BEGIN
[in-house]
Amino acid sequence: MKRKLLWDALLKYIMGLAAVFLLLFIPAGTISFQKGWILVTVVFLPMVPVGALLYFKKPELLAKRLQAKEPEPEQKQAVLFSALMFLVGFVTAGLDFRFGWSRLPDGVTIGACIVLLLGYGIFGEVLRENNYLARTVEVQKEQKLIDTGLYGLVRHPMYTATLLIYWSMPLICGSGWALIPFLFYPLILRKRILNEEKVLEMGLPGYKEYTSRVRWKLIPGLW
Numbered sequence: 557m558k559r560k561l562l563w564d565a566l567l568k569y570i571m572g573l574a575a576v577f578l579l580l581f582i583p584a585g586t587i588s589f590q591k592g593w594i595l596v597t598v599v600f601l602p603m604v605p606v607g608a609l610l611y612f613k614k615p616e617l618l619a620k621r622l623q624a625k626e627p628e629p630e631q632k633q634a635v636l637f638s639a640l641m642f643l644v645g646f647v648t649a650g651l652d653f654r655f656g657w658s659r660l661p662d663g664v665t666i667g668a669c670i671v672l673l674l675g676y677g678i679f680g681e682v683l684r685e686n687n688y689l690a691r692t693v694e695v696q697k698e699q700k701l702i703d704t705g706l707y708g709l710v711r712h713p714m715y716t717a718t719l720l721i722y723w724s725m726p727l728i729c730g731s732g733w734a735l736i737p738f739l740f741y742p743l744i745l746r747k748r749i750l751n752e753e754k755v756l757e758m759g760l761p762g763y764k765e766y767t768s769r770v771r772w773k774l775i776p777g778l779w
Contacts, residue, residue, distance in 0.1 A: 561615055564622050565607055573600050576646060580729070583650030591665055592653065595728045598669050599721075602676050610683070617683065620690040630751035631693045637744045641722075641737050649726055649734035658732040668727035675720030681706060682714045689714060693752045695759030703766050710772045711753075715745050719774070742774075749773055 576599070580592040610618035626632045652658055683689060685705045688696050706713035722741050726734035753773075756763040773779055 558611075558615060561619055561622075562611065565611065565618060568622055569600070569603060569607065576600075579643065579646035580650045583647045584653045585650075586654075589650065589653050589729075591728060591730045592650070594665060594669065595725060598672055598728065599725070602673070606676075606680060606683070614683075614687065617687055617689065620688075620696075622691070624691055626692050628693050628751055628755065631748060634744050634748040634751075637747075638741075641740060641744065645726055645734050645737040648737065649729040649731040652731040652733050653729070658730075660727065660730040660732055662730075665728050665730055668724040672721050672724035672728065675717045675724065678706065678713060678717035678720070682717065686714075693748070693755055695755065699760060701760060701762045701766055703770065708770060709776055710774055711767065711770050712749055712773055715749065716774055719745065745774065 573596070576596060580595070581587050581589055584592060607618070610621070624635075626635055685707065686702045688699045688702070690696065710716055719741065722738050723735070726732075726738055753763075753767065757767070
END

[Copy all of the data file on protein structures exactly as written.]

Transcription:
[in-house]
Amino acid sequence: MKRKLLWDALLKYIMGLAAVFLLLFIPAGTISFQKGWILVTVVFLPMVPVGALLYFKKPELLAKRLQAKEPEPEQKQAVLFSALMFLVGFVTAGLDFRFGWSRLPDGVTIGACIVLLLGYGIFGEVLRENNYLARTVEVQKEQKLIDTGLYGLVRHPMYTATLLIYWSMPLICGSGWALIPFLFYPLILRKRILNEEKVLEMGLPGYKEYTSRVRWKLIPGLW
Numbered sequence: 557m558k559r560k561l562l563w564d565a566l567l568k569y570i571m572g573l574a575a576v577f578l579l580l581f582i583p584a585g586t587i588s589f590q591k592g593w594i595l596v597t598v599v600f601l602p603m604v605p606v607g608a609l610l611y612f613k614k615p616e617l618l619a620k621r622l623q624a625k626e627p628e629p630e631q632k633q634a635v636l637f638s639a640l641m642f643l644v645g646f647v648t649a650g651l652d653f654r655f656g657w658s659r660l661p662d663g664v665t666i667g668a669c670i671v672l673l674l675g676y677g678i679f680g681e682v683l684r685e686n687n688y689l690a691r692t693v694e695v696q697k698e699q700k701l702i703d704t705g706l707y708g709l710v711r712h713p714m715y716t717a718t719l720l721i722y723w724s725m726p727l728i729c730g731s732g733w734a735l736i737p738f739l740f741y742p743l744i745l746r747k748r749i750l751n752e753e754k755v756l757e758m759g760l761p762g763y764k765e766y767t768s769r770v771r772w773k774l775i776p777g778l779w
Contacts, residue, residue, distance in 0.1 A: 561615055564622050565607055573600050576646060580729070583650030591665055592653065595728045598669050599721075602676050610683070617683065620690040630751035631693045637744045641722075641737050649726055649734035658732040668727035675720030681706060682714045689714060693752045695759030703766050710772045711753075715745050719774070742774075749773055 576599070580592040610618035626632045652658055683689060685705045688696050706713035722741050726734035753773075756763040773779055 558611075558615060561619055561622075562611065565611065565618060568622055569600070569603060569607065576600075579643065579646035580650045583647045584653045585650075586654075589650065589653050589729075591728060591730045592650070594665060594669065595725060598672055598728065599725070602673070606676075606680060606683070614683075614687065617687055617689065620688075620696075622691070624691055626692050628693050628751055628755065631748060634744050634748040634751075637747075638741075641740060641744065645726055645734050645737040648737065649729040649731040652731040652733050653729070658730075660727065660730040660732055662730075665728050665730055668724040672721050672724035672728065675717045675724065678706065678713060678717035678720070682717065686714075693748070693755055695755065699760060701760060701762045701766055703770065708770060709776055710774055711767065711770050712749055712773055715749065716774055719745065745774065 573596070576596060580595070581587050581589055584592060607618070610621070624635075626635055685707065686702045688699045688702070690696065710716055719741065722738050723735070726732075726738055753763075753767065757767070